The day Eric B. and Rakim walked into the shop, I didn’t know much about them or their music. Most of my hustler clients liked rap, so I usually had it playing in the shop for them, but I preferred the stuff that I grew up on—jazz, R&B, and Latin music. Rakim was barely outta high school, but he had an old soul, a spiritual side to him that I connected with immediately.
He and Eric B. had just signed a record deal with Russell Simmons at Island Def Jam. They wanted to rock something special for the album cover, something that would express the personas of two young black men from the streets who had dared to call their debut album Paid in Full. They needed something iconic. For the Paid in Full cover, I made two matching leather jackets with black-on-black Gucci print leather. For accents around the collar, cuffs, pockets, I did Gucci print in white leather. On the front of both jackets, I layered the black and white leathers to do a remix on the Gucci logo, with two prominent mirrored G’s. I knew there was a B-boy look of colorful tracksuits with fat-lace sneakers that was being popularized at the time, but I wanted to push that look into the next evolutionary phase.
I wanted to turn these B-boys into B-men.
Paid in Full came out in the summer of 1987 and became a huge hit, eventually going platinum. Now you had people inside the hip-hop world asking themselves the same question hustlers had been asking each other for the past few years: “That’s slick! Where they get that?” Thanks to artists like Eric B. and Rakim, rappers started to realize that they could have a certain kind of cachet in the mainstream if they wore my clothes. But even then, I didn’t see them as doing me no favors. Long before he made the Forbes list, Russell Simmons would come into the shop stoned on angel dust and just be ogling my female employees.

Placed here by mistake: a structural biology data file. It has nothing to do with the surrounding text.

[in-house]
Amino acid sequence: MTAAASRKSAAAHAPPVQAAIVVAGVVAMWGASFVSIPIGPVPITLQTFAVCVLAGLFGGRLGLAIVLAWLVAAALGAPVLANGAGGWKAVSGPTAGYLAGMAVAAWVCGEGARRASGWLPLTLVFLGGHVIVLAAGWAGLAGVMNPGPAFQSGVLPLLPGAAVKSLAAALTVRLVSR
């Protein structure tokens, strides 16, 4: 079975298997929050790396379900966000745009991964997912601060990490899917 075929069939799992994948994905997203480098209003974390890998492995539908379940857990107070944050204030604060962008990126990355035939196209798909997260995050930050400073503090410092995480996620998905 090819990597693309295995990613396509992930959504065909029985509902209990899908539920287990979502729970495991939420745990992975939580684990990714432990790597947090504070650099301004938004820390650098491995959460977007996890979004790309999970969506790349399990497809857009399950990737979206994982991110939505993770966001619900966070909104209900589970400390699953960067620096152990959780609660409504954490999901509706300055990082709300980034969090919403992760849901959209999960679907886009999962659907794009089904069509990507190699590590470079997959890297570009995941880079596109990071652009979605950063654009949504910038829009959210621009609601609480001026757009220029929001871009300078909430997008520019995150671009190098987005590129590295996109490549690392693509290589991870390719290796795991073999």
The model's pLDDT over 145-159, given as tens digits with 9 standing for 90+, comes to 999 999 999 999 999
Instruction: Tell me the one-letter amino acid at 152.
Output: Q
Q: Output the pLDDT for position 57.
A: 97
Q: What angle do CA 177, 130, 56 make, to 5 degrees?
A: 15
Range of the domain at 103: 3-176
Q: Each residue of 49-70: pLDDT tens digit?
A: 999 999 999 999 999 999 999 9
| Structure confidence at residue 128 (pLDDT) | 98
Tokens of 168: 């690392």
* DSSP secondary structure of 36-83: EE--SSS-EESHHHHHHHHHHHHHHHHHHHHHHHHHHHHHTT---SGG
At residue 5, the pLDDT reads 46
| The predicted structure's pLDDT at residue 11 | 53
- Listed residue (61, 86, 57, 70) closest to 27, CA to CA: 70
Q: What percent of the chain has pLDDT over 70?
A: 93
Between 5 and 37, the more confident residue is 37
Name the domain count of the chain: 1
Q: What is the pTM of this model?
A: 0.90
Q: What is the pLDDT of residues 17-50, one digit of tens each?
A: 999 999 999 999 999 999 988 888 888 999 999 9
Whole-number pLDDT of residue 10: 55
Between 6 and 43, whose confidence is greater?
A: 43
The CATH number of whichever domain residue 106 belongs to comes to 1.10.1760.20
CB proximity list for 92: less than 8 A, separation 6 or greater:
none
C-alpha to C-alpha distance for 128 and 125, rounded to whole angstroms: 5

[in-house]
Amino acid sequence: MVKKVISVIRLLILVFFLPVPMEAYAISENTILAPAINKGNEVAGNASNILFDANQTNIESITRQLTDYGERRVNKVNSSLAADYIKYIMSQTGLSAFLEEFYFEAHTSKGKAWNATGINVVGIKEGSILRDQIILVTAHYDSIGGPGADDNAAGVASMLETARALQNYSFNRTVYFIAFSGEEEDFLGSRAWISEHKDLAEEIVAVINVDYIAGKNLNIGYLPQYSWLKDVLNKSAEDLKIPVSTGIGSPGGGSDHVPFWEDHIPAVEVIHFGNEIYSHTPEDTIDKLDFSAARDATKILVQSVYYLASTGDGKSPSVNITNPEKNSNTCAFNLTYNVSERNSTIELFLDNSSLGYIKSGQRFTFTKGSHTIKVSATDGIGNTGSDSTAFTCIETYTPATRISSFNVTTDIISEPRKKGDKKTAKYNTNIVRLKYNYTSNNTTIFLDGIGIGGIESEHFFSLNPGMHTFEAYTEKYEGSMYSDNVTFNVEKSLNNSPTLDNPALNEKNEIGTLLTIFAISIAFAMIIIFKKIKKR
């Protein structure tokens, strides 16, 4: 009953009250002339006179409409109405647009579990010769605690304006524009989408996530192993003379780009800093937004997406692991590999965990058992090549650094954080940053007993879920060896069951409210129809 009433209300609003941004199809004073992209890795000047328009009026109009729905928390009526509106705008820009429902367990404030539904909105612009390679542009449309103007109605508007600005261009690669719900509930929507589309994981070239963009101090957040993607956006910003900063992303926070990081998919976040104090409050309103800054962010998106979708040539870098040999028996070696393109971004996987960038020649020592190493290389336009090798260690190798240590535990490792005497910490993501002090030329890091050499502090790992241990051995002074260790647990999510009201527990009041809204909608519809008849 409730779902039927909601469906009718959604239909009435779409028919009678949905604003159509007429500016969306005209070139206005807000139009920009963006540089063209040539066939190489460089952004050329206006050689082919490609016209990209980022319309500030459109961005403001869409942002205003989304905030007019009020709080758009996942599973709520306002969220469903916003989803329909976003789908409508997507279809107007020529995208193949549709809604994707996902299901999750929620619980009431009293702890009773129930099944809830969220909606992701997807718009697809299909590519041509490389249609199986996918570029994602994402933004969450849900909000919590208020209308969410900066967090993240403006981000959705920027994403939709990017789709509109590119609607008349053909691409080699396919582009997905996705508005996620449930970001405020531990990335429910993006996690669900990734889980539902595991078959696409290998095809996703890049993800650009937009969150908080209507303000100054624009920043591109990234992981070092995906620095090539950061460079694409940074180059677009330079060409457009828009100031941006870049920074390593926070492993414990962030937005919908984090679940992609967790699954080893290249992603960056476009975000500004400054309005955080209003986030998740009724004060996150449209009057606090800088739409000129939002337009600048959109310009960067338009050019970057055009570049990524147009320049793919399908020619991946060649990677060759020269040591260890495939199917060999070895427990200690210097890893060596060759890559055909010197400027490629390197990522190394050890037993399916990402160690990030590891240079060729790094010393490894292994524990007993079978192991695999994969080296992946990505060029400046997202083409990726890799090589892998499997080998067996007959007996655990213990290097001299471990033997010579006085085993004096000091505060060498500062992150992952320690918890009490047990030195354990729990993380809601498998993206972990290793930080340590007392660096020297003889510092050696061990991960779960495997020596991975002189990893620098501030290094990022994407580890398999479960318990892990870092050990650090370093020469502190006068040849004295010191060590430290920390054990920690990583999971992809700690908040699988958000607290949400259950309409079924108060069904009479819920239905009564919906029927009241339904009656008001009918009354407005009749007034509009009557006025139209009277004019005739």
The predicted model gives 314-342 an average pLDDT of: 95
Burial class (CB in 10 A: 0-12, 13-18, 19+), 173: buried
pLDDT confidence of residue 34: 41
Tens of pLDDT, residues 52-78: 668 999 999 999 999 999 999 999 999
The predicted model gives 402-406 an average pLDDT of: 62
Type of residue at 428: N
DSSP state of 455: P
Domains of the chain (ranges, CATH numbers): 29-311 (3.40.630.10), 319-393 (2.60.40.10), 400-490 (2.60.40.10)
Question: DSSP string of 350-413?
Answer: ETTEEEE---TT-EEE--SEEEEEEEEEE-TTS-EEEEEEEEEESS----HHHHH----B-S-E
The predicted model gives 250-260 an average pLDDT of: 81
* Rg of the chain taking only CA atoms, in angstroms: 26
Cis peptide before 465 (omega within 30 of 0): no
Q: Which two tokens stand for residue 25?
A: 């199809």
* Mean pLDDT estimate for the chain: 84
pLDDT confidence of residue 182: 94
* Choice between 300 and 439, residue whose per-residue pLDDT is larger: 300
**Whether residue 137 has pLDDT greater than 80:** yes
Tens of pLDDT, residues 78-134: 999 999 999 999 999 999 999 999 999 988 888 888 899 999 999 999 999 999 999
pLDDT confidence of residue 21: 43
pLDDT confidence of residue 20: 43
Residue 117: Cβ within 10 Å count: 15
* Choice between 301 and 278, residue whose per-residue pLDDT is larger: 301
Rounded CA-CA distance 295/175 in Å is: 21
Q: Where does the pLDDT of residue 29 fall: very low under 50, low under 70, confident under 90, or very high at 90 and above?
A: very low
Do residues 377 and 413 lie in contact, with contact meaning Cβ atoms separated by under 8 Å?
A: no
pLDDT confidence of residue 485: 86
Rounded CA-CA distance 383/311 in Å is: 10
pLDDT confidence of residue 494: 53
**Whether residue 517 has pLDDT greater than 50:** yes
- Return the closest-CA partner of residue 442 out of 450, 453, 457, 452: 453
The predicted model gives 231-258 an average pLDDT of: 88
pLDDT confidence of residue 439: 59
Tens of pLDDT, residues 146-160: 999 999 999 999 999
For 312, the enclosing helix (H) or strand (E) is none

If anything, I was the one doing these rappers a favor, making them look like the powerful street bosses who had popularized my clothes. I was a generation older than the musicians who were part of the golden age of hip-hop, and we didn’t see these rappers the way the rest of the world was beginning to see them. Fat Joe was working at a sandwich shop a couple blocks away. In the early days of Uptown Records, Andre Harrell couldn’t afford to buy my clothes for his artists to wear in their videos, so I had to loan him whatever I had available.